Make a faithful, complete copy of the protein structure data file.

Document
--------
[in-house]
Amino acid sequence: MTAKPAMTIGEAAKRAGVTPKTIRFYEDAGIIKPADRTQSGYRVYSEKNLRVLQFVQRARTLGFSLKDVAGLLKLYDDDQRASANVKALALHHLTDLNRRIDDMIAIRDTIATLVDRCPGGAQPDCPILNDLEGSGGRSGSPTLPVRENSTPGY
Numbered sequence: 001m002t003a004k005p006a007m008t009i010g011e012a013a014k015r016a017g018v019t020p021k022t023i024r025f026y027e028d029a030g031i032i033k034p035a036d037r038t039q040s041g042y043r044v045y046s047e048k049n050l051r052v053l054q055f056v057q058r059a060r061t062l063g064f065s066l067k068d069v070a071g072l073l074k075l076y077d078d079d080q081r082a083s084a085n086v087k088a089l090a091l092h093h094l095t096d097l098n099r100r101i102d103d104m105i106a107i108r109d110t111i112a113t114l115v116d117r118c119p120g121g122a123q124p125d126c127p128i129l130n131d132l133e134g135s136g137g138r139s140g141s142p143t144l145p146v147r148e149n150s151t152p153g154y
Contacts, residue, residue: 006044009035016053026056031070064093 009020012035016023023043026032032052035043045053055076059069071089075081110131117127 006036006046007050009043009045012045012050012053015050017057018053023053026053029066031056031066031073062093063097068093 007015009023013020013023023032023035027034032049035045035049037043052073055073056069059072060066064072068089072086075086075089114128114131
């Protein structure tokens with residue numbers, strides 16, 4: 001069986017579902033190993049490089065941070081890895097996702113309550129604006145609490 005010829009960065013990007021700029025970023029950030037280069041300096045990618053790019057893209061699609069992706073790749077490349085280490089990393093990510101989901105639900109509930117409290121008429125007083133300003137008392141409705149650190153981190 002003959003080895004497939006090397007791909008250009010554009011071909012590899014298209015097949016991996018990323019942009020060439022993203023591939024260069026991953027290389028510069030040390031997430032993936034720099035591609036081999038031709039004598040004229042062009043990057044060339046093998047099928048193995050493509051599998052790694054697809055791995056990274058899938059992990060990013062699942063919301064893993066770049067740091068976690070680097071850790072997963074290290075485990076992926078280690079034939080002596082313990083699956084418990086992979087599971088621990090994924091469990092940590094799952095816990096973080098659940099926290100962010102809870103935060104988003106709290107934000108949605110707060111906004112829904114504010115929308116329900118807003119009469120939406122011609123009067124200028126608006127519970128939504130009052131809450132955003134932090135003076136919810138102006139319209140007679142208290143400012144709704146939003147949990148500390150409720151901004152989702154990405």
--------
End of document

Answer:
[in-house]
Amino acid sequence: MTAKPAMTIGEAAKRAGVTPKTIRFYEDAGIIKPADRTQSGYRVYSEKNLRVLQFVQRARTLGFSLKDVAGLLKLYDDDQRASANVKALALHHLTDLNRRIDDMIAIRDTIATLVDRCPGGAQPDCPILNDLEGSGGRSGSPTLPVRENSTPGY
Numbered sequence: 001m002t003a004k005p006a007m008t009i010g011e012a013a014k015r016a017g018v019t020p021k022t023i024r025f026y027e028d029a030g031i032i033k034p035a036d037r038t039q040s041g042y043r044v045y046s047e048k049n050l051r052v053l054q055f056v057q058r059a060r061t062l063g064f065s066l067k068d069v070a071g072l073l074k075l076y077d078d079d080q081r082a083s084a085n086v087k088a089l090a091l092h093h094l095t096d097l098n099r100r101i102d103d104m105i106a107i108r109d110t111i112a113t114l115v116d117r118c119p120g121g122a123q124p125d126c127p128i129l130n131d132l133e134g135s136g137g138r139s140g141s142p143t144l145p146v147r148e149n150s151t152p153g154y
Contacts, residue, residue: 006044009035016053026056031070064093 009020012035016023023043026032032052035043045053055076059069071089075081110131117127 006036006046007050009043009045012045012050012053015050017057018053023053026053029066031056031066031073062093063097068093 007015009023013020013023023032023035027034032049035045035049037043052073055073056069059072060066064072068089072086075086075089114128114131
């Protein structure tokens with residue numbers, strides 16, 4: 001069986017579902033190993049490089065941070081890895097996702113309550129604006145609490 005010829009960065013990007021700029025970023029950030037280069041300096045990618053790019057893209061699609069992706073790749077490349085280490089990393093990510101989901105639900109509930117409290121008429125007083133300003137008392141409705149650190153981190 002003959003080895004497939006090397007791909008250009010554009011071909012590899014298209015097949016991996018990323019942009020060439022993203023591939024260069026991953027290389028510069030040390031997430032993936034720099035591609036081999038031709039004598040004229042062009043990057044060339046093998047099928048193995050493509051599998052790694054697809055791995056990274058899938059992990060990013062699942063919301064893993066770049067740091068976690070680097071850790072997963074290290075485990076992926078280690079034939080002596082313990083699956084418990086992979087599971088621990090994924091469990092940590094799952095816990096973080098659940099926290100962010102809870103935060104988003106709290107934000108949605110707060111906004112829904114504010115929308116329900118807003119009469120939406122011609123009067124200028126608006127519970128939504130009052131809450132955003134932090135003076136919810138102006139319209140007679142208290143400012144709704146939003147949990148500390150409720151901004152989702154990405």